Monday, June 28, 2010

Women and American Theater

The University at Albany's website has a wonderful article up about the recent book Women Writers of the Provincetown Players. The book, edited by UAlbany Professor Emerita of English Judith E. Barlow, is a collection of thirteen short plays by women that were originally produced by the Provincetown Players. Here's an excerpt from the article, including part of the interview with Judith:
"What made the Provincetown Players different from anyone else was that they performed American plays," said Barlow. As a result, they had a tremendous impact on the development of modern theater. In seven years, they produced almost 100 plays by some 50 artists, a large number of which were written by women.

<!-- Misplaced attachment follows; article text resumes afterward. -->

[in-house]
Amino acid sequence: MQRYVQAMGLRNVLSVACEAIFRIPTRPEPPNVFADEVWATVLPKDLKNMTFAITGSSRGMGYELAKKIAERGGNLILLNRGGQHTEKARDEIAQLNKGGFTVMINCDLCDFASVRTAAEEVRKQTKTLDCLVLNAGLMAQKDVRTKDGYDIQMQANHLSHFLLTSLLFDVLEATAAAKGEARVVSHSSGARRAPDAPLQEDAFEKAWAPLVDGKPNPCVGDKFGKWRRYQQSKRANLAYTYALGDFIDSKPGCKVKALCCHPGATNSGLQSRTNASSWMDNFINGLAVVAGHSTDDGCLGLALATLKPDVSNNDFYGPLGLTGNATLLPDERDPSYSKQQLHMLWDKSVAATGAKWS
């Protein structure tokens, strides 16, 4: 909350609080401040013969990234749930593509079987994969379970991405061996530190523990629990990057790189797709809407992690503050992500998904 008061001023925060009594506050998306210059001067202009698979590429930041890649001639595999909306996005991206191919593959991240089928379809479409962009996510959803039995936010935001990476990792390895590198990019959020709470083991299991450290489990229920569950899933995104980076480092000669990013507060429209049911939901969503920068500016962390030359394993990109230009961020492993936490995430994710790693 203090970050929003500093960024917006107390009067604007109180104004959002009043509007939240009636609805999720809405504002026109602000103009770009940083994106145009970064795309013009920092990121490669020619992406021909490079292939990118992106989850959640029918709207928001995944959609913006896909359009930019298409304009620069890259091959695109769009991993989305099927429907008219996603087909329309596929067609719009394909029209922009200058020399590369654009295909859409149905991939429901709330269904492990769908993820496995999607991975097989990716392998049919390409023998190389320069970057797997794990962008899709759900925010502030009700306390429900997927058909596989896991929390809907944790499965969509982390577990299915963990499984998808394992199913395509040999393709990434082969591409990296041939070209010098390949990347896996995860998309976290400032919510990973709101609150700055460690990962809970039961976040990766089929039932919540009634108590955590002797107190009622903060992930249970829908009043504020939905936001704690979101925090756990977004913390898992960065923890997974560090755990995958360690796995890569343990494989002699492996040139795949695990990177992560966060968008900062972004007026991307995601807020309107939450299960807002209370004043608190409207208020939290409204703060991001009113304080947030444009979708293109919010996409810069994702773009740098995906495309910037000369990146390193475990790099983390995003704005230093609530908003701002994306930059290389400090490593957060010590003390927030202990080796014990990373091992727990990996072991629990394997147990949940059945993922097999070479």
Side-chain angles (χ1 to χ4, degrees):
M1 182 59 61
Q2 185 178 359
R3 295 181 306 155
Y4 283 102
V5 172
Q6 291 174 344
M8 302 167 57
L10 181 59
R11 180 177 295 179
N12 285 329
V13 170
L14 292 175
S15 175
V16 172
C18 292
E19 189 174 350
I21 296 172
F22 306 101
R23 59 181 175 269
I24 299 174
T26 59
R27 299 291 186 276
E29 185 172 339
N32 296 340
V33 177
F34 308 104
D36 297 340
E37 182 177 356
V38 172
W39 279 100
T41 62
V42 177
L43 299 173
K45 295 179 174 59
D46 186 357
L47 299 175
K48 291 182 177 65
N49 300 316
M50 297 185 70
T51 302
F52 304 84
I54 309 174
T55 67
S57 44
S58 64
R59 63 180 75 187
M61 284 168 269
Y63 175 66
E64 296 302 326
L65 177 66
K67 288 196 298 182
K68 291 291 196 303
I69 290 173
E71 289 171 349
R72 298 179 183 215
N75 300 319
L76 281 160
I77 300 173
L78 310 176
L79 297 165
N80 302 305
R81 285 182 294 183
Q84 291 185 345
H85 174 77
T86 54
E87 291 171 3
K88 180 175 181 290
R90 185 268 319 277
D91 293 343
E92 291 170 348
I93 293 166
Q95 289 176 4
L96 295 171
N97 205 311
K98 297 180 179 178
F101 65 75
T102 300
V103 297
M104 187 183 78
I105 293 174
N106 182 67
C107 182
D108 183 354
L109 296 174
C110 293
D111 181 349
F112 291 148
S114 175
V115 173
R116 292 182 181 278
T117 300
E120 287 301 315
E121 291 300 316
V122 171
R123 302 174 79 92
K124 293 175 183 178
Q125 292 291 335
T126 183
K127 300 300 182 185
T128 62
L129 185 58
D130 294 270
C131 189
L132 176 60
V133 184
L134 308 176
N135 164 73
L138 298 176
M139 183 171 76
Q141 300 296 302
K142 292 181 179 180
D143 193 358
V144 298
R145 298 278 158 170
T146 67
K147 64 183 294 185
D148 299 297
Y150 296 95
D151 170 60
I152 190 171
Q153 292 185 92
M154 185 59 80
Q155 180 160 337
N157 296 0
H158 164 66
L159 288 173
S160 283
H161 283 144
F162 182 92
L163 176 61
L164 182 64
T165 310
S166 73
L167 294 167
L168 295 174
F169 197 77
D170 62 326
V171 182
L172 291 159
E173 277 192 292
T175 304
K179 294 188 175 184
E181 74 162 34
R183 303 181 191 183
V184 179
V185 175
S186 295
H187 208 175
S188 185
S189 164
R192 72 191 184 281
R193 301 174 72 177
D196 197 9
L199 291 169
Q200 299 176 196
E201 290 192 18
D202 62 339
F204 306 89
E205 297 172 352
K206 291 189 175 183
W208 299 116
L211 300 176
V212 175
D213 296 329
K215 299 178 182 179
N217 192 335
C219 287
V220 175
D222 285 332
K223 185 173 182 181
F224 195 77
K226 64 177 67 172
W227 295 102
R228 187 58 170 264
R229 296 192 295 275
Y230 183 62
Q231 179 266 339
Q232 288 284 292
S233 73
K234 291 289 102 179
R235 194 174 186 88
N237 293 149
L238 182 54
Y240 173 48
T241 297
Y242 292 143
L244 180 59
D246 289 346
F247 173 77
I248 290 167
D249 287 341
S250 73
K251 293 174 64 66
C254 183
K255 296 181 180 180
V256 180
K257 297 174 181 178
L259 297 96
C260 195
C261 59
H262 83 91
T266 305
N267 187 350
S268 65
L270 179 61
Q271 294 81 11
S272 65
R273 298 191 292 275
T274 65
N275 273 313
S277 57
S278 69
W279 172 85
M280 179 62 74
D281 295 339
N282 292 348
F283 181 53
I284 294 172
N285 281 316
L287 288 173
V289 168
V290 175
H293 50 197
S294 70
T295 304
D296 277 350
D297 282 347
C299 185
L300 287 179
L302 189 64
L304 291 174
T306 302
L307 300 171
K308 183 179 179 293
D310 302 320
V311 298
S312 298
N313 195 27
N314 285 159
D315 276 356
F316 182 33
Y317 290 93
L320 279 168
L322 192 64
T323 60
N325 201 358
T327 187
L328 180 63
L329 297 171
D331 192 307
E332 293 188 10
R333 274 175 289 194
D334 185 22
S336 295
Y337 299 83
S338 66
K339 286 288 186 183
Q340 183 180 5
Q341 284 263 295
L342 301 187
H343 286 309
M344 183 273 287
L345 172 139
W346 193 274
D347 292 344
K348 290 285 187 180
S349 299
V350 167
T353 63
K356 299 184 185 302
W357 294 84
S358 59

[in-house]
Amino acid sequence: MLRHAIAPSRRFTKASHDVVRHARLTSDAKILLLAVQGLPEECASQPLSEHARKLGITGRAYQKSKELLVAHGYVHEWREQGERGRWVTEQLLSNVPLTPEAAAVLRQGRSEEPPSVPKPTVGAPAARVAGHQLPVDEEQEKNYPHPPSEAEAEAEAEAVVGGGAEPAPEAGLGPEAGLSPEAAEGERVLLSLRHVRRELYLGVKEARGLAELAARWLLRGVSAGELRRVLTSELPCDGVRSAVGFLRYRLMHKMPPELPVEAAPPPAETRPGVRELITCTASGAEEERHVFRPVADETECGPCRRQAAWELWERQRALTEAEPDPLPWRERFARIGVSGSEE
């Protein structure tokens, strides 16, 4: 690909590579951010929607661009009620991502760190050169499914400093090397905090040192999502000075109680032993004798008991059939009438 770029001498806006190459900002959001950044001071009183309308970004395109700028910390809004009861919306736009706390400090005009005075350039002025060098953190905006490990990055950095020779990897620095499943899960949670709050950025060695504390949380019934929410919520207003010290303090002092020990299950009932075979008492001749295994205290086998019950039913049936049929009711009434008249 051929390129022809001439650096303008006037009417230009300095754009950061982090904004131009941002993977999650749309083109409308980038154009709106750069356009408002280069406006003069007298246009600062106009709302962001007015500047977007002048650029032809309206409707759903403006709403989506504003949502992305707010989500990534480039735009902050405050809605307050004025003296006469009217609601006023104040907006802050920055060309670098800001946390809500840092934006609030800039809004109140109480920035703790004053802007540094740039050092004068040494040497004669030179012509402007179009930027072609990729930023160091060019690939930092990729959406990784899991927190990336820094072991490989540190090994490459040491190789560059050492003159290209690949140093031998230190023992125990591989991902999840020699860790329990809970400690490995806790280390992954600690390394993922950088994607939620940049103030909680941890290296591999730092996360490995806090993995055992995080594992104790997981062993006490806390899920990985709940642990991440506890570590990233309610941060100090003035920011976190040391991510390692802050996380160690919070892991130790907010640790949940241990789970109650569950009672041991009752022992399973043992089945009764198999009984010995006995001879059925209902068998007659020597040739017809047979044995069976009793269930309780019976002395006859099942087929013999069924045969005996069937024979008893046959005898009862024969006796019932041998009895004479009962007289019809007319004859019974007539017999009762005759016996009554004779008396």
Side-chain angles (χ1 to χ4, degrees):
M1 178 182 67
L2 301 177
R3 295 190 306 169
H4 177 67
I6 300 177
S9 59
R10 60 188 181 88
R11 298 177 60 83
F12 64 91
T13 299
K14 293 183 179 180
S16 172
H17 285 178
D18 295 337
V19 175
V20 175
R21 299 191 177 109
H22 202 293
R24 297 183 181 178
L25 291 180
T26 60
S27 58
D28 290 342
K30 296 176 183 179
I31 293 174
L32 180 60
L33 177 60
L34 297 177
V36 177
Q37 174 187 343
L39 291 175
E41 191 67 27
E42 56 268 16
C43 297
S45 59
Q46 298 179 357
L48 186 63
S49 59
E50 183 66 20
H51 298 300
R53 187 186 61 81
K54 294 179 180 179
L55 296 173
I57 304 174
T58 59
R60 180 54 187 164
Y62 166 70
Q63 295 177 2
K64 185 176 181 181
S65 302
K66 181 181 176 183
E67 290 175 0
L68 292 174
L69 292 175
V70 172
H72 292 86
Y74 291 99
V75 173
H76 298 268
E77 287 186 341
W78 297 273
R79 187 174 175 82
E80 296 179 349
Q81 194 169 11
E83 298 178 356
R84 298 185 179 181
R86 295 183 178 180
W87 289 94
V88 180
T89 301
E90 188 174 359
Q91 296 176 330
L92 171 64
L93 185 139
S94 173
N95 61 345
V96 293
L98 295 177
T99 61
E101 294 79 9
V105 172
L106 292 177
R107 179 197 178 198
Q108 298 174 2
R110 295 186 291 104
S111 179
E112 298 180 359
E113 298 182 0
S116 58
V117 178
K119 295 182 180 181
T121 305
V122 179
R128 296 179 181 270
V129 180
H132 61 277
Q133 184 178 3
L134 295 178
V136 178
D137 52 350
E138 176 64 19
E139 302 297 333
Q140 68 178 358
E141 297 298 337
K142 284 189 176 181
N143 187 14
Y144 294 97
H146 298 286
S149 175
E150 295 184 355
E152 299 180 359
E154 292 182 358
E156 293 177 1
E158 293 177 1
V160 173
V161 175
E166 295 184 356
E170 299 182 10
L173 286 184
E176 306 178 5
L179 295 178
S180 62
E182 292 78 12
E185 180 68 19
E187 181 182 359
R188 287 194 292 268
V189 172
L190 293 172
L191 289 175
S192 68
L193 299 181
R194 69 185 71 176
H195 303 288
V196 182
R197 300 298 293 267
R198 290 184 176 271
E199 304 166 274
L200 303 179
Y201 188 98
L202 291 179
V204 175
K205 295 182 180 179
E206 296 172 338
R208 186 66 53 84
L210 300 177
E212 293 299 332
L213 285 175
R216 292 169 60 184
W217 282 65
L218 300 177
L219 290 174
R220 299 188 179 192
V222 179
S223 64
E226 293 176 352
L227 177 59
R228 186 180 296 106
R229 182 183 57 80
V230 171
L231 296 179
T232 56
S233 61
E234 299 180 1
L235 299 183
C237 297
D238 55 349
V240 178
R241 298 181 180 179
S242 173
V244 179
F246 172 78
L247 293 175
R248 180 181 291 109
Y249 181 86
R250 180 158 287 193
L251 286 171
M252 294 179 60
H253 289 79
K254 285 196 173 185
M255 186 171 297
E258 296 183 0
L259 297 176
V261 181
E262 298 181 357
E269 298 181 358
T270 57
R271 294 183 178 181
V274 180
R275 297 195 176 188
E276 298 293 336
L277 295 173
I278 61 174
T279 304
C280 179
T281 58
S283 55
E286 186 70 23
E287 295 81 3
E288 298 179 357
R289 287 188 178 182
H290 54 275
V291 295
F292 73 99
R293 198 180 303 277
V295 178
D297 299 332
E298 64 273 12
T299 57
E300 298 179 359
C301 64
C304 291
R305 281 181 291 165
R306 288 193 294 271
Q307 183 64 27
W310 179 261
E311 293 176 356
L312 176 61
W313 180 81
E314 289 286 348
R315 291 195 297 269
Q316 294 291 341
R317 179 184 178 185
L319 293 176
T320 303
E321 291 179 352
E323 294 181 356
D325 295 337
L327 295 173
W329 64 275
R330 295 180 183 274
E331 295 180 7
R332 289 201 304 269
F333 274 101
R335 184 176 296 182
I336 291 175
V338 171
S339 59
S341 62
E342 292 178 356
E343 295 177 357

Thirteen of the 29 people listed in the group's incorporation papers were female. Barlow shines a light on a one-act play from each of the female Players.

The Players were mostly white, middle class, and had some college education. But they considered themselves radical bohemians and performed in an abandoned wharf down the street from Glaspell's house on Commercial Street in Provincetown, Mass. They included an anarchist friend of Emma Goldman who sold tickets, and they questioned accepted notions about birth control, marriage, spinsters and the double standard.
Read the full article here and order a copy of the book here.